Faculty: Fall 2012

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Art
Assistant Professor Tyler Starr had a solo exhibition with an accompanying catalog at York College of Pennsylvania. For the closing, he gave an artist’s talk and demonstrated traditional Japanese woodblock printing techniques. Two of his pieces were purchased for York’s permanent collection. In addition, the University of Iowa Museum of Art accepted one of his works into its permanent collection.

Biology
Associate Professor Karen Bernd was named chair of the Biochemistry, Cell and Molecular Biology Committee of Examiners for the Graduate Record Examination, a committee on which she has served for five years. As chair, she will coordinate writing and revising the GRE subject tests used for admittance to graduate programs in the biological sciences.

Professor and Martin Program Director of Genomics Malcolm Campbell was the keynote speaker at a workshop for new undergraduate faculty at California State University- Fullerton. In addition, he led a workshop to overhaul the STEM curriculum at Asheville School, and he coauthored a synthetic biology research paper with Associate Professor of Mathematics Laurie Heyer and 18 students in the journal Interdisciplinary Bio Central.

Classics
Associate Professor and Department Chair Keyne Cheshire recently delivered two invited lectures that married his experience as a beekeeper and his interest in classical literature. “Beekeeping: Old and New,” delivered at the annual convention of the National Junior Classical League at Wake Forest University, focused on fundamental differences in the philosophy and practice behind ancient and modern beekeeping. The Yiasou Greek Festival in Charlotte was the venue for his second talk, “The Symbology of the Honeybee in Ancient Greek Culture.” That talk traced how the ancient Greeks’ changing relationship with the honeybee corresponded with the insect’s development as a moral, political, and poetic symbol.

W.R. Grey Professor of Classics and History Peter Krentz spent the summer on a ship with the University of Virginia’s Semester at Sea program. Krentz taught one course on ethics in archaeology and another on Homer and the Trojan War while sailing across the Atlantic, around the Mediterranean, and back. His students read The Iliad on the way to Troy and The Odyssey on the way home.

Professor Jeanne Neumann participated in a National Endowment for the Humanities research collaboration on “Roman Comedy in Performance.” The results of that scholarly and performative enterprise can be viewed on YouTube. She later participated in a panel at UNC discussing the NEH project. Neumann also led a workshop at the National Junior Classical League convention about integrating oral Latin into class instruction, and collaborated at the convention with a Wake Forest University colleague to present a workshop on Roman comedy.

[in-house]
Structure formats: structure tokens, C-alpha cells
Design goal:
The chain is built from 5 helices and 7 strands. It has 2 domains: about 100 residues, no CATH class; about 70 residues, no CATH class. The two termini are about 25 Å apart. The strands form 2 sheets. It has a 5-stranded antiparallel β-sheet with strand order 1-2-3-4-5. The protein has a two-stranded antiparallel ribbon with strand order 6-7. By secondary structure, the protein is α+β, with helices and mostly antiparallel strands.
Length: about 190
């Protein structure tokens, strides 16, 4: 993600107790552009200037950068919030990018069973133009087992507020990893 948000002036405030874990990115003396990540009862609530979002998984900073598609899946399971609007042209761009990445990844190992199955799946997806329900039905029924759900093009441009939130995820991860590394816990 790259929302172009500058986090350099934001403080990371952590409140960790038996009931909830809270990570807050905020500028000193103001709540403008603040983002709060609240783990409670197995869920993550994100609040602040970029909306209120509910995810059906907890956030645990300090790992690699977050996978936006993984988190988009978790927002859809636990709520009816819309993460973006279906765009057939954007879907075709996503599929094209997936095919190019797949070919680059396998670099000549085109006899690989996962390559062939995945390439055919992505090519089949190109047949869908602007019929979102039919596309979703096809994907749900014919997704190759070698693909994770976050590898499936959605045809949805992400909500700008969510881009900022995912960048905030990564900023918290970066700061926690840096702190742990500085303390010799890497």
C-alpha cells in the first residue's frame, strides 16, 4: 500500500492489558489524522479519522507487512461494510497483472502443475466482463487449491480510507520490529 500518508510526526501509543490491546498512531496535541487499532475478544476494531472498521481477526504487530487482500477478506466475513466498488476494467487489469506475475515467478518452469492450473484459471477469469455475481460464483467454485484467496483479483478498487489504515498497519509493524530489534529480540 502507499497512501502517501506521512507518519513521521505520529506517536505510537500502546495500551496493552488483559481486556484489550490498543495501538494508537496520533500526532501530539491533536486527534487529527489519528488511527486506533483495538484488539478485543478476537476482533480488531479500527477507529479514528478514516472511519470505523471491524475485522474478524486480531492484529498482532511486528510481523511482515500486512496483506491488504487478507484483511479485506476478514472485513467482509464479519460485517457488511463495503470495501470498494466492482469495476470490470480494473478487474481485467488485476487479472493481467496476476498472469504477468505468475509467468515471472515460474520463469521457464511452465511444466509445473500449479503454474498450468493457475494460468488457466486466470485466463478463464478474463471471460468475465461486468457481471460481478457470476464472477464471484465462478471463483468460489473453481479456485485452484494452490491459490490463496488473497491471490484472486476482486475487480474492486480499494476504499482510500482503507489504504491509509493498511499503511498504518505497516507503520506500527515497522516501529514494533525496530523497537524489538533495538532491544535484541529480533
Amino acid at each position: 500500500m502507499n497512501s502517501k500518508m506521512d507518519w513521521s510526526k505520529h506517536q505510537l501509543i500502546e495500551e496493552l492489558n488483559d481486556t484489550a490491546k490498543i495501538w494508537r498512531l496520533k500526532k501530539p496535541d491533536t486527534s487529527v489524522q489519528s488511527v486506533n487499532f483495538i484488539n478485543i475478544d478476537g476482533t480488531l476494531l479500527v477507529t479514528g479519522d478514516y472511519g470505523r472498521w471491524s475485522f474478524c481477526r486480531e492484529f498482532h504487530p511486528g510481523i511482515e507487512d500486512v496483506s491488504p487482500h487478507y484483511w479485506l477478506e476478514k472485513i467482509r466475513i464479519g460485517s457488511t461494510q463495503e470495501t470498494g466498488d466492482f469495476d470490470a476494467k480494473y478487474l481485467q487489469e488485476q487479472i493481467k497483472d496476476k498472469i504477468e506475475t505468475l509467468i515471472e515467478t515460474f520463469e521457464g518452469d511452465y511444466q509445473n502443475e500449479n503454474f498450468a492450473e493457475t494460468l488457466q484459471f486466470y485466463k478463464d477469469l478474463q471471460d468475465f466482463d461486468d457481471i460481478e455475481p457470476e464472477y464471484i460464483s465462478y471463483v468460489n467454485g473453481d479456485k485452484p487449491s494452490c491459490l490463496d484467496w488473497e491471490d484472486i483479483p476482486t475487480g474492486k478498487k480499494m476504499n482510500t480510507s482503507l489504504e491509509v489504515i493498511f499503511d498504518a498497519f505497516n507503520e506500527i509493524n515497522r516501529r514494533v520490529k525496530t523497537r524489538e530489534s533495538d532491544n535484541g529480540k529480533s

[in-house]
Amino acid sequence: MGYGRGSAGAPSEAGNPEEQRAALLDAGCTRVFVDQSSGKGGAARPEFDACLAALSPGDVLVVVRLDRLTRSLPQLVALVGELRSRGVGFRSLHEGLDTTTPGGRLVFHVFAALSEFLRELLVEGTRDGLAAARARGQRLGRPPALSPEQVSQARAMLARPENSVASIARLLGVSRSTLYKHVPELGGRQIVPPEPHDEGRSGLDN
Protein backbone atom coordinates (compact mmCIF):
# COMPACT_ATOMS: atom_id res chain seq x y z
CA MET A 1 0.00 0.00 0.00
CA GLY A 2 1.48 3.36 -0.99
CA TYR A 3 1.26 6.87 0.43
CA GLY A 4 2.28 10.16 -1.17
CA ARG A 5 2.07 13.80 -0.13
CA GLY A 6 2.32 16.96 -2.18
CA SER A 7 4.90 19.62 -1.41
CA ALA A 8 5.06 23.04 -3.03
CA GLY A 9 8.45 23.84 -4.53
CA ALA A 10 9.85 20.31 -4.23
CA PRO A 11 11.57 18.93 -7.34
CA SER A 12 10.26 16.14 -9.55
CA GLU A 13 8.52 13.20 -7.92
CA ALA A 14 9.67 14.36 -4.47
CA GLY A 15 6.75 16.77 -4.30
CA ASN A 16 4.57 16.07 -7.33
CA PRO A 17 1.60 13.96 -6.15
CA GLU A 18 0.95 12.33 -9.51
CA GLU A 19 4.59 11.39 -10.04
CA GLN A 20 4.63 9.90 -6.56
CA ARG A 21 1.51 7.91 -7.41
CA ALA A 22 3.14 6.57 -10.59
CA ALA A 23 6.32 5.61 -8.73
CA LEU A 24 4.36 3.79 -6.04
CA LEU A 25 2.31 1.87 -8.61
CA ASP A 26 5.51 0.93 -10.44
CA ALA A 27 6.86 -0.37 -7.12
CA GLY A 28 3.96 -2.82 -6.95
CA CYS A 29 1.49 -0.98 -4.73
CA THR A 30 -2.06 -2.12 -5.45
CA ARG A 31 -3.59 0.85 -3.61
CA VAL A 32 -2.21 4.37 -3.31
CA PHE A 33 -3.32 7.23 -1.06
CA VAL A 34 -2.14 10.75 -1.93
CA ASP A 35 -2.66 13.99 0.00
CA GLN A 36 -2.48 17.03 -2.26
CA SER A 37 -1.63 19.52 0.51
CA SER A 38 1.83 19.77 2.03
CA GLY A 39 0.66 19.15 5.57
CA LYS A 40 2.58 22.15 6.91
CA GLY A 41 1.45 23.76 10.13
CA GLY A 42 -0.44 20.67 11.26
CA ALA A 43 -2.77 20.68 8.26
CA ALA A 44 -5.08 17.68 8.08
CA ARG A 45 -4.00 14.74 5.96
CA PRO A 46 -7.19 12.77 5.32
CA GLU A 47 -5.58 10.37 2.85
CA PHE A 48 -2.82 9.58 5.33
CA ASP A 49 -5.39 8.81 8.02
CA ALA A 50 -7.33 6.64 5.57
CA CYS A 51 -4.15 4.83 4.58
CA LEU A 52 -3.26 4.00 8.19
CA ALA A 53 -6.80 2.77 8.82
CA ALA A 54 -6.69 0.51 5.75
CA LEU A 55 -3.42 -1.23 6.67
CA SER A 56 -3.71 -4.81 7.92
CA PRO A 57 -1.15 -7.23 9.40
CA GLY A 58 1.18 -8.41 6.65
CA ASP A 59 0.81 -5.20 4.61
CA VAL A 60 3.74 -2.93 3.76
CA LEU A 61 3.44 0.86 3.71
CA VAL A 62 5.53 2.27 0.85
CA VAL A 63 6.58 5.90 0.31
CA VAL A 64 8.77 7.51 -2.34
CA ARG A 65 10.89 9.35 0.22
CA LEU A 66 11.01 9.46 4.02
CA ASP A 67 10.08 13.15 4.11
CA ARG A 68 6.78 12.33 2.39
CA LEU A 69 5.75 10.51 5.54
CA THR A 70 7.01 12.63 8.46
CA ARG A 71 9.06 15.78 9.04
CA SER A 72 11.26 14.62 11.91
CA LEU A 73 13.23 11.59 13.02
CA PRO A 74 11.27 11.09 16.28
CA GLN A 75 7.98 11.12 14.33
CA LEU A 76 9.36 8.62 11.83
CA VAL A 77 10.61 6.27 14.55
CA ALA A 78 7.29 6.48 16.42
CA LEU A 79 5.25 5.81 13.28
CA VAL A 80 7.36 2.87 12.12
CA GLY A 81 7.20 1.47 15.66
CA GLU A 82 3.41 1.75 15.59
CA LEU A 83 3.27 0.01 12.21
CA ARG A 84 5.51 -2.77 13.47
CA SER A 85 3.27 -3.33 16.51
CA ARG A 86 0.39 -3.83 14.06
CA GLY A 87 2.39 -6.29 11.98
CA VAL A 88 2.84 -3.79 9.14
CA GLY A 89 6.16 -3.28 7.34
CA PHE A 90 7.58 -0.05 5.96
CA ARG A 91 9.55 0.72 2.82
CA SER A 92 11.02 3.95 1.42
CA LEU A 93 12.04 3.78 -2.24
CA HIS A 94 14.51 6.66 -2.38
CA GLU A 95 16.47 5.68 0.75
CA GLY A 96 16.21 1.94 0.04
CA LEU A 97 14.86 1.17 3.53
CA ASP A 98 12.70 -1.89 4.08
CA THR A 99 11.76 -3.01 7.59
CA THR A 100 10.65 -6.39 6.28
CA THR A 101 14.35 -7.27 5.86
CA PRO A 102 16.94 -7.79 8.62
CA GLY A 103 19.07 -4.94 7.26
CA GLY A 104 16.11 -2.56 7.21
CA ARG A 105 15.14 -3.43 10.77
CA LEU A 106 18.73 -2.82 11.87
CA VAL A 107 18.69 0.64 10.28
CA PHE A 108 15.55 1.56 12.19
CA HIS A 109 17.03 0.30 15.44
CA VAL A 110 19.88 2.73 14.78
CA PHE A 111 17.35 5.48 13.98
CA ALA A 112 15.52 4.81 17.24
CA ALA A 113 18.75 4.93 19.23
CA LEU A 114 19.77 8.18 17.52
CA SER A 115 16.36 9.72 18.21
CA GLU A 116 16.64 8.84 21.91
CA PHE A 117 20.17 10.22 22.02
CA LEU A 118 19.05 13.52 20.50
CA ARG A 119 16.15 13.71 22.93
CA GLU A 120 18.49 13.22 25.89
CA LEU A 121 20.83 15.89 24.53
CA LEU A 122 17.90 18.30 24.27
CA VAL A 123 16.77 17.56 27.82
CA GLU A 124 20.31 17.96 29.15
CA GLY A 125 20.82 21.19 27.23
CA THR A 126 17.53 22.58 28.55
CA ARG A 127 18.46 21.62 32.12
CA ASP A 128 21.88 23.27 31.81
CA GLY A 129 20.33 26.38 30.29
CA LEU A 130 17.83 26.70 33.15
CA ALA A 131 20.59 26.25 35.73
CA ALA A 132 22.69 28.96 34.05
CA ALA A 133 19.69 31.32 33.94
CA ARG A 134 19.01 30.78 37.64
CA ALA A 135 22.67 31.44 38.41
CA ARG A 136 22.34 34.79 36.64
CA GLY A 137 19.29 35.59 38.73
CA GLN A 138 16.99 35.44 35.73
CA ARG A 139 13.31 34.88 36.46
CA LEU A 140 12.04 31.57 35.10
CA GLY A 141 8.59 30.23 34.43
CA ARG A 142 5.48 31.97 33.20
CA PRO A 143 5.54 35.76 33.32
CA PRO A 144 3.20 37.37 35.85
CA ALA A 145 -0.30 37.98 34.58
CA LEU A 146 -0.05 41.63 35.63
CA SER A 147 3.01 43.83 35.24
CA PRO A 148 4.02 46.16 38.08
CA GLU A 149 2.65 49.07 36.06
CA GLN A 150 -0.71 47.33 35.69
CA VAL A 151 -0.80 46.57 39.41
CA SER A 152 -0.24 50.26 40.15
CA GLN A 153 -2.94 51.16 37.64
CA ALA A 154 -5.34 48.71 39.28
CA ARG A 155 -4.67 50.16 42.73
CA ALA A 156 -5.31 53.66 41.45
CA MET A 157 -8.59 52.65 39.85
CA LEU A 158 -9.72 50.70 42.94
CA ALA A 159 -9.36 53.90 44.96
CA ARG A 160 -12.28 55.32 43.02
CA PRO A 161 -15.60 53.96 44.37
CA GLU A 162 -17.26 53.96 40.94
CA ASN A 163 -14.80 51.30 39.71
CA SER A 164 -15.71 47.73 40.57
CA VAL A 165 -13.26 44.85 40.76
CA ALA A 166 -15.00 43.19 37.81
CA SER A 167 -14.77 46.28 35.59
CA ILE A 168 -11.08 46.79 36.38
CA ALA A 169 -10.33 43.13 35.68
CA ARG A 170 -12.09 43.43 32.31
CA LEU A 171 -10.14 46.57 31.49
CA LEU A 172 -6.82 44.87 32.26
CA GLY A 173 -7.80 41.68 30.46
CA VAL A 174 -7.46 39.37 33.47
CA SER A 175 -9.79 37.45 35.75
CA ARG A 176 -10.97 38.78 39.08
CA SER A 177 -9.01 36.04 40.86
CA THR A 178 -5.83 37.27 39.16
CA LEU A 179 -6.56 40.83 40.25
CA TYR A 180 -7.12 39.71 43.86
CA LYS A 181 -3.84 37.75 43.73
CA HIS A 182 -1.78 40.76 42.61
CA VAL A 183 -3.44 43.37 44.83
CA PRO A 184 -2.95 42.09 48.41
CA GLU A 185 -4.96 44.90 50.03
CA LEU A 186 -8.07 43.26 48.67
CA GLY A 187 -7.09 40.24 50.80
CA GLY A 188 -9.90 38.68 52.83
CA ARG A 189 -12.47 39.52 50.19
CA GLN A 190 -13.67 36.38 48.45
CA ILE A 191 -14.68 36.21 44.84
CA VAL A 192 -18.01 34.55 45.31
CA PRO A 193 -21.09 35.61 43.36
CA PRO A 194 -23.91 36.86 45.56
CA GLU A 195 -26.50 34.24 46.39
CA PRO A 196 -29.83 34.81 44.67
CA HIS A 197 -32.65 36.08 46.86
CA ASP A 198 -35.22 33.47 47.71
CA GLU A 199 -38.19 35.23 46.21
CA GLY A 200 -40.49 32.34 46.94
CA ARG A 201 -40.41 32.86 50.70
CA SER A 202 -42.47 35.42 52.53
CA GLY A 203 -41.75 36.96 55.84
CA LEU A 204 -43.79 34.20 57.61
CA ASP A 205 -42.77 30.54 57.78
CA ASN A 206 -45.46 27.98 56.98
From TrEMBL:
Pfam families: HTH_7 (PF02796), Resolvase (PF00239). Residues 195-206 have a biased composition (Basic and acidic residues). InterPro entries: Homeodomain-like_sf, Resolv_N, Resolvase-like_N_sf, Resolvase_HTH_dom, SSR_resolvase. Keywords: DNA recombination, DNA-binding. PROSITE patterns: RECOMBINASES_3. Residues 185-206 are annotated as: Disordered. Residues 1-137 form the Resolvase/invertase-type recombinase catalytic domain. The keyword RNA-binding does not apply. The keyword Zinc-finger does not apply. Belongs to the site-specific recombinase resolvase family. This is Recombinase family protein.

Assistant Professor Darian Totten has published an edited volume, “Making Roman Places, Past and Present,” as part of the Journal of Roman Archaeology supplement series. Totten also organized at Davidson a digital humanities event, bringing two colleagues from Stanford University to campus to present their research on the 18th century Italian Grand Tour.

Professor Michael Toumazou led his ongoing archaeological project in Athienou, Cyprus. The project was featured in the Cyprus Weekly, and Toumazou presented preliminary results of the latest excavations at a workshop sponsored by the Cyprus American Archaeological Research Institute in Nicosia. Other Davidsonians participating included Professor Derek Counts ’92, staffers Kyo Koo and Diane Stirling, Clay Cofer ’99, Daniel Coslett ’05, Mackenzie Heglar ’12, Elissa Hagans ’13, and Wills Cooper ’13.

Communication Studies
Professor and Director of Oral Communication Kathie Turner spoke on “Rhetorical History for Civic Learning” at the 13th Biennial Public Address Conference at the University of Memphis. She also served as an external reviewer for the Department of Communication at Carroll University and for the Mass Communication program at Benedict College.

Assistant Professor of Communication Studies, Education and Sociology Amanda Martinez was elected to office in the Latino/ Latina Communication Studies Division and La Raza Caucus at the annual conference of the National Communication Association. Martinez will serve as secretary for one year, and move up to further leadership positions over the next four years. The division promotes the study of communication issues as they concern Latina/o communities throughout the Americas, including the ways in which racial, ethnic, socioeconomic, gender, national, and sexual identities shape Latina/o experiences.

Economics
Johnston Professor of Economics and Dean of Faculty Clark Ross continued his active involvement with Advanced Placement (AP) Economics. He led two one-week workshops for AP economics teachers, one at Davidson College and one at Millsaps College. He also gave a presentation on “Money and Monetary Policy” at the 2012 AP Annual Conference in Orlando.

Education